- but they must watch what they say and how they say it, and not
go blaring their objections around the Internet and press where
someone might hear it and act on it.
Oprah: I wonder if you're referring to foreign terrorists
or your domestic critics, Mr. President. But let's move on. In your
State of the Union speech, you said that "hindsight" about how we
got into Iraq is to be avoided; we're there, you said, and let's
deal with the situation as it exists now.
Bush: Yes, the blame game is a waste of energy. It doesn't
really matter if possible mistakes might, in some instances, have
been made. We need to...
Oprah: But avoiding the assignment of "blame" means that
nobody is accountable for anything that goes wrong there. Tens of
thousands of Americans and Iraqis have been, and are continuing
to be, killed or maimed because of those "possible mistakes" that
"may have been" made by some nameless force that's prone to error.
One definition of sanity is to stop doing something that constantly
causes you and others great pain. Admit your mistake, correct it
as best as you can, apologize and move on. Why can't America do
that in Iraq? Why can't YOU do that in Iraq? There were no WMD to
be found there, there was no connection to 9/11, there was no relationship
to al-Qaida at that point, there was no nuclear program, there was
nothing but a contained country, run by a brutal beast, with ambitions
but no real means of doing much damage outside his borders. Didn't
you deceive the country to take us into that war?
Bush: Would you like to also ask if I've stopped beating
my wife? Ha, ha - another joke there. But you've accused me of a
great many sins in one question, Oprah. First, the President of
the United States does not lie to the American people. He told the
truth, as he knew it at the time. We believed, on the basis of the
best intelligence that we could find, that Saddam had all these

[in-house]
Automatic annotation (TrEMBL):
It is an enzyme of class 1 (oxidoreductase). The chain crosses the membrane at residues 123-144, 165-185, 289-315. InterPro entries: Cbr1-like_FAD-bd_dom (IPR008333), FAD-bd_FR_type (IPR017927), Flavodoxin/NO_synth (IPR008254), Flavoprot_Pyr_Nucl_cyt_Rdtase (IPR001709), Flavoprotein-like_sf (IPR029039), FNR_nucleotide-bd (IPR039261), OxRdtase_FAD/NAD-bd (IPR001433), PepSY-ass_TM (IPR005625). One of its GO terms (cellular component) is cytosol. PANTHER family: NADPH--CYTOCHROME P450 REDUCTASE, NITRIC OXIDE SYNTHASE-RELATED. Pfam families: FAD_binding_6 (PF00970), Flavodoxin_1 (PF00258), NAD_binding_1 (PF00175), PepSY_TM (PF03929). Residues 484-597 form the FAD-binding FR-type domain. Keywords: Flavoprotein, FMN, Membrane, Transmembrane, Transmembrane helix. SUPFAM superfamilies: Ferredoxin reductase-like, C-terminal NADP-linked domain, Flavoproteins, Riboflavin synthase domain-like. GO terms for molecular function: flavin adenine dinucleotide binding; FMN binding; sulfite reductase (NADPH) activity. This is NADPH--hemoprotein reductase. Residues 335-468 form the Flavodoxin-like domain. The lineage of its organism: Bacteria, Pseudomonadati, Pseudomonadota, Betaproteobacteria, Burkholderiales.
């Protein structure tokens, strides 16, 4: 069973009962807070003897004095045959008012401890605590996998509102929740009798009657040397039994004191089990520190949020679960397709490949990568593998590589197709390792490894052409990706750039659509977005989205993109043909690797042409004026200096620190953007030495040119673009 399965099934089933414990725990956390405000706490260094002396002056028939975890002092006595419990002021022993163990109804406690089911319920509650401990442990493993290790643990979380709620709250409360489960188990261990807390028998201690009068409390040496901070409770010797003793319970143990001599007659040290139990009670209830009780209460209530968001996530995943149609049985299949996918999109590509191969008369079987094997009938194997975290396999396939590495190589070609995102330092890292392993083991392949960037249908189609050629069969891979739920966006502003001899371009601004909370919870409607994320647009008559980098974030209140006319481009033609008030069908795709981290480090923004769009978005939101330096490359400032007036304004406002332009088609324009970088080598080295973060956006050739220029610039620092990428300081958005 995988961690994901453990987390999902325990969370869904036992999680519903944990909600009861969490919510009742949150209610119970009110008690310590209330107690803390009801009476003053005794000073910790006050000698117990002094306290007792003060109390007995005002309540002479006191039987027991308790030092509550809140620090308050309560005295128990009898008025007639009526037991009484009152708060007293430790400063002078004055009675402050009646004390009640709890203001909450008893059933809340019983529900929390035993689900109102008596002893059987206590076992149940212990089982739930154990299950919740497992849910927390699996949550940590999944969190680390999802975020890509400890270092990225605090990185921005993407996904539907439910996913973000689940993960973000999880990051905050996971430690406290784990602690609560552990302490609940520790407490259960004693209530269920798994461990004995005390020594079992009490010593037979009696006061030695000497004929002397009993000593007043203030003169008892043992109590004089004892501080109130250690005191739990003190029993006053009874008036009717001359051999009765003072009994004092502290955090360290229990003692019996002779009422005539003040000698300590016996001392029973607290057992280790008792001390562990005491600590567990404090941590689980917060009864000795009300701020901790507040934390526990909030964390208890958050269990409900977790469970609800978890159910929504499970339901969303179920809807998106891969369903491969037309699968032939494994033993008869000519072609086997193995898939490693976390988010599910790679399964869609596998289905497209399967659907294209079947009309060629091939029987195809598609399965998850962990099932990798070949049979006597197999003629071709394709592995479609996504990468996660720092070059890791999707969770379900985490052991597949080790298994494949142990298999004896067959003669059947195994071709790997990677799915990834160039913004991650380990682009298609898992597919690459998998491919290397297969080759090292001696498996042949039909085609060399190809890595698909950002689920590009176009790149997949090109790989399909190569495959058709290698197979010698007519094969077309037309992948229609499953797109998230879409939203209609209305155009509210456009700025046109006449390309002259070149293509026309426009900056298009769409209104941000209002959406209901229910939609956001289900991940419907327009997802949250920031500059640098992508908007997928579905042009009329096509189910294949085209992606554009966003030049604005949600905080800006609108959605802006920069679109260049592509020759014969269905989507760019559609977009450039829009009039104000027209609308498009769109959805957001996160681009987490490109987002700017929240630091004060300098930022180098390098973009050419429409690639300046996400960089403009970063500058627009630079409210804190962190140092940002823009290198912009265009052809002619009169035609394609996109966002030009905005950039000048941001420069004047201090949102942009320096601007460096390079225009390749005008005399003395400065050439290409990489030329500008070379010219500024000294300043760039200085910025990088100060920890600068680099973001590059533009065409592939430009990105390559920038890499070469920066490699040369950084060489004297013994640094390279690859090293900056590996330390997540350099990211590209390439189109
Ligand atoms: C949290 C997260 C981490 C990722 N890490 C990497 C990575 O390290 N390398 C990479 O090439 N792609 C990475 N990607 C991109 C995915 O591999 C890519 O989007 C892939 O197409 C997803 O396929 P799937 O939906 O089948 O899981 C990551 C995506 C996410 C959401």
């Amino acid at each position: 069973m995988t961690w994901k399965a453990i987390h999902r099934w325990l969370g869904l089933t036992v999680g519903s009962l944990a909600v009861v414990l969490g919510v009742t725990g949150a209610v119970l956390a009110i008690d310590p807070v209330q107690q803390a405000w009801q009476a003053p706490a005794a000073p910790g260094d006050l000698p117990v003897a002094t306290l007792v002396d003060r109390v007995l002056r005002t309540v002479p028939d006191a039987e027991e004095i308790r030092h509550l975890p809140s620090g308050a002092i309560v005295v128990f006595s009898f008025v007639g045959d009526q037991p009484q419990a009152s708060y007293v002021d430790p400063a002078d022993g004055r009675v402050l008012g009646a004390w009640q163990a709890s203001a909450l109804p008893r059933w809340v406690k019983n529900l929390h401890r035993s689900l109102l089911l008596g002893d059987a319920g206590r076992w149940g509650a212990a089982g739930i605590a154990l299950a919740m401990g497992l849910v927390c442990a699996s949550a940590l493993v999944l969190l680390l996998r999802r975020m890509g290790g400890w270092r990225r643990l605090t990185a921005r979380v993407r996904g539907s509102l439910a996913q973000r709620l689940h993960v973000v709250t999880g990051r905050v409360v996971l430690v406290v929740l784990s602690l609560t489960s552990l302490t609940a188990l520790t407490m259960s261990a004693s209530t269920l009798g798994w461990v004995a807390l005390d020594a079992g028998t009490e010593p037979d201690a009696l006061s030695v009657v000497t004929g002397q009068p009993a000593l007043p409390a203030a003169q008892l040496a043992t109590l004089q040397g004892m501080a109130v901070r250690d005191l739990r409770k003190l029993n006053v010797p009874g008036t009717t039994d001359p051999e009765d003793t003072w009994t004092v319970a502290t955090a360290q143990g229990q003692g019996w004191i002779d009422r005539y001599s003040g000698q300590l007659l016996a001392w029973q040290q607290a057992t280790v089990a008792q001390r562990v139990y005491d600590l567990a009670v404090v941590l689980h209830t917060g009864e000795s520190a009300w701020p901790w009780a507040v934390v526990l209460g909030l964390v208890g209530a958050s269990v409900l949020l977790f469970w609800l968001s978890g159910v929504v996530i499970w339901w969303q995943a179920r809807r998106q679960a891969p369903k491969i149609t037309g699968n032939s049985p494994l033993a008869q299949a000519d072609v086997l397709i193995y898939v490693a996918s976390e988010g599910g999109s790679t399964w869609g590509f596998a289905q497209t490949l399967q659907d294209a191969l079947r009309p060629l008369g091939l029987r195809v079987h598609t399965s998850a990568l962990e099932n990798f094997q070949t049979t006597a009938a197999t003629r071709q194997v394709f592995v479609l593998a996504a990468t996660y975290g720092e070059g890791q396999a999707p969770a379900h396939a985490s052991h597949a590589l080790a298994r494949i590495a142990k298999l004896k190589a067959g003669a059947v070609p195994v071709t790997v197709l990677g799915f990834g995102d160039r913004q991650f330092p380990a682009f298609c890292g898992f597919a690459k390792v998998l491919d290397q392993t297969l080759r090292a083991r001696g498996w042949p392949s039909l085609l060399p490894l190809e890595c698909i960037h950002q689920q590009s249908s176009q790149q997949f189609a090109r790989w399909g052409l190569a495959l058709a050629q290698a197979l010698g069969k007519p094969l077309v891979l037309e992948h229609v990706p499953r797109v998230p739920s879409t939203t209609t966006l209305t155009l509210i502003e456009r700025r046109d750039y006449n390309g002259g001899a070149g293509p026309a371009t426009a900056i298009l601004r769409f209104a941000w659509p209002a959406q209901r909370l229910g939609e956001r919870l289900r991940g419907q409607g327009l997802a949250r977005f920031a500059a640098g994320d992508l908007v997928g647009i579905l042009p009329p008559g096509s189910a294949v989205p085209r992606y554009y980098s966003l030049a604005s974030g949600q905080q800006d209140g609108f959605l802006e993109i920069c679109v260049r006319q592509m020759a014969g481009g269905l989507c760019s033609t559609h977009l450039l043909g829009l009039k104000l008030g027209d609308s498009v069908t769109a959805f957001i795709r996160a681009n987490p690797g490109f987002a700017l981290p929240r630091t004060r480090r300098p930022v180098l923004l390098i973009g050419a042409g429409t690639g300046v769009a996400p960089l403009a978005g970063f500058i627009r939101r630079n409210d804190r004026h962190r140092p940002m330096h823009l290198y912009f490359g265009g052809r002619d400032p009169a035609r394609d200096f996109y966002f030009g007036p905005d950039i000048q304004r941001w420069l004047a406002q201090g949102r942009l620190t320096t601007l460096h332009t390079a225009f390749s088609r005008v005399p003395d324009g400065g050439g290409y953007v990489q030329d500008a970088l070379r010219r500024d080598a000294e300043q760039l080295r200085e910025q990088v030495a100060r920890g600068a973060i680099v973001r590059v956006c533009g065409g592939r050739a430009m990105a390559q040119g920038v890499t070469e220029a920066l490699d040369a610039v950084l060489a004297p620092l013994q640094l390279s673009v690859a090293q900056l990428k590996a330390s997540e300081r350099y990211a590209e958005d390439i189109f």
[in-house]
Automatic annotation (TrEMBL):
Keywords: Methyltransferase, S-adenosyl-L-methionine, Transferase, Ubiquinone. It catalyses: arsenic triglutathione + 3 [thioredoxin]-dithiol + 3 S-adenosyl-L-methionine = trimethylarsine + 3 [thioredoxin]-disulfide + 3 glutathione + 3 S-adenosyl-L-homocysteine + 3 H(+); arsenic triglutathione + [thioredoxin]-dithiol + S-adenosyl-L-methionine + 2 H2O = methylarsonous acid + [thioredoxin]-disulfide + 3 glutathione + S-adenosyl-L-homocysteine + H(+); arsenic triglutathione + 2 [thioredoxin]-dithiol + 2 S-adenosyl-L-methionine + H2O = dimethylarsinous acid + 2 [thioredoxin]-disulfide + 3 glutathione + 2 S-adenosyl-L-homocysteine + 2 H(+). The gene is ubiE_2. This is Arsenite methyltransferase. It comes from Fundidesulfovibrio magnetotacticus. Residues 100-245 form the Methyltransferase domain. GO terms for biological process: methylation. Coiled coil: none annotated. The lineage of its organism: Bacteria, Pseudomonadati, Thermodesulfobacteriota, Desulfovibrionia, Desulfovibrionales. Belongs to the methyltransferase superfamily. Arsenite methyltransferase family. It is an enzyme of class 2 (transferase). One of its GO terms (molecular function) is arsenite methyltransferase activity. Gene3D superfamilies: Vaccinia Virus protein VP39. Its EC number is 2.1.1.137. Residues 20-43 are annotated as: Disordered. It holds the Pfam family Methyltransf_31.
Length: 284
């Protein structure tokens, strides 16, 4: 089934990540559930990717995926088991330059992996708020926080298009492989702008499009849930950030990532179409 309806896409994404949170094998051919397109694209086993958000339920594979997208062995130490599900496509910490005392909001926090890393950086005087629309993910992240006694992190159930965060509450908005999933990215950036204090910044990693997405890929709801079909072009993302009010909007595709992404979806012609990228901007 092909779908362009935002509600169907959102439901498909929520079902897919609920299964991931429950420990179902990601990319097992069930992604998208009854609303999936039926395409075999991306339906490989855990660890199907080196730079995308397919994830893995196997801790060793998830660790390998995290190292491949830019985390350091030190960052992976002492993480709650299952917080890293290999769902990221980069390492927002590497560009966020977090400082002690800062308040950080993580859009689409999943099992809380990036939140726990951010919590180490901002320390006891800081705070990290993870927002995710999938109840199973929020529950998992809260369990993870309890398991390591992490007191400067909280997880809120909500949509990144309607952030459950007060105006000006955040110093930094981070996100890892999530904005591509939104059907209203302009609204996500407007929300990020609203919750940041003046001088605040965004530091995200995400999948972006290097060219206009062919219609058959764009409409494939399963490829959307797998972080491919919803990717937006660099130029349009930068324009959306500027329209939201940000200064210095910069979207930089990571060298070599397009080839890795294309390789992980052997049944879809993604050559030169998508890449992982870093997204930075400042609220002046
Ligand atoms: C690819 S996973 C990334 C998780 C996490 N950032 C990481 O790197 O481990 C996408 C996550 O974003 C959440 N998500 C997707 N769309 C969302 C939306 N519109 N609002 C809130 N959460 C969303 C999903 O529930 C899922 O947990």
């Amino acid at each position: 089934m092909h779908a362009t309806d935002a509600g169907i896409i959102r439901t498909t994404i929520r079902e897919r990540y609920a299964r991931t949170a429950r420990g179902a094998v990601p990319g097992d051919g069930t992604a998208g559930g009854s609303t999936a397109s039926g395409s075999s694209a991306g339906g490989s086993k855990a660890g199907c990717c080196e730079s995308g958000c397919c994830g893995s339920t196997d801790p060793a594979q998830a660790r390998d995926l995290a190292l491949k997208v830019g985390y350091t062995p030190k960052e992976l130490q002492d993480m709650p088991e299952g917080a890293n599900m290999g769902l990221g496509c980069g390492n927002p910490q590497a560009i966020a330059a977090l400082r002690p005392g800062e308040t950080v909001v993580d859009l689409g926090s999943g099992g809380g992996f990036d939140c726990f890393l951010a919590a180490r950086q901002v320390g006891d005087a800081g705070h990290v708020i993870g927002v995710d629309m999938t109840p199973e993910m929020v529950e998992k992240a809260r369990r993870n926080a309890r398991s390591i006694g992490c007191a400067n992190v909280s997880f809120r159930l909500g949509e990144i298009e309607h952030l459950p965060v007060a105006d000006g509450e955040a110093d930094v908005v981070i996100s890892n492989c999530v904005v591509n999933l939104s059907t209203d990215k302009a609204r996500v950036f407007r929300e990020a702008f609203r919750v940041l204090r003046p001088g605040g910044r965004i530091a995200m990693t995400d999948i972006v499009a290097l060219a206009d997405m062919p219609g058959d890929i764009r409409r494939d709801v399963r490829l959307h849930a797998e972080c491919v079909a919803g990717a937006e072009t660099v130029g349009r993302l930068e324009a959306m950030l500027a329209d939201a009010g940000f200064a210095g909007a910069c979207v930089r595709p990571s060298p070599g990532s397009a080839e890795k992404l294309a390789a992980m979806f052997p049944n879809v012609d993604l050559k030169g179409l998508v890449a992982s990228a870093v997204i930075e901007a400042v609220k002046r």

dangerous weapons, or would soon have them, and we, the world community,
had to do something to stop his aggressive plans. We gave him every
opportunity to come clean about his weapons programs, but he didn't,
so we, as the leader of the free world, organized a coalition to
remove him and destroy his WMD weapons arsenal. We...
Oprah: But he had NO extraordinary weapons arsenal; he
did have a lot of conventional weaponry, which, because the U.S.
military never secured the ammo dumps and arsenals, is now being
used to build bombs that are blowing up American soldiers. Plus,
he did let the U.N. arms inspectors back in and their preliminary
reports were that there were no WMD - nevertheless, at that point
you began the war. Reflecting on how we got into this mess might
help us get out, and might help us prevent another such war in the
Middle East. I'm talking about Iran.
Bush: Bad man in charge. Dangerous. He's rushing to get
nuclear weapons capability. The fundamentalist mullahs oppress the
people. The international community can't let this situation deteriorate.
Oprah: There are reliable rumors floating that the U.S.
and our ally Israel will attack Iran's nuclear facilities sometime
this spring, maybe even next month. Can you comment?
Bush: All options are on the table. Iran must abandon its
nuclear ambitions so as not to destabilize the region.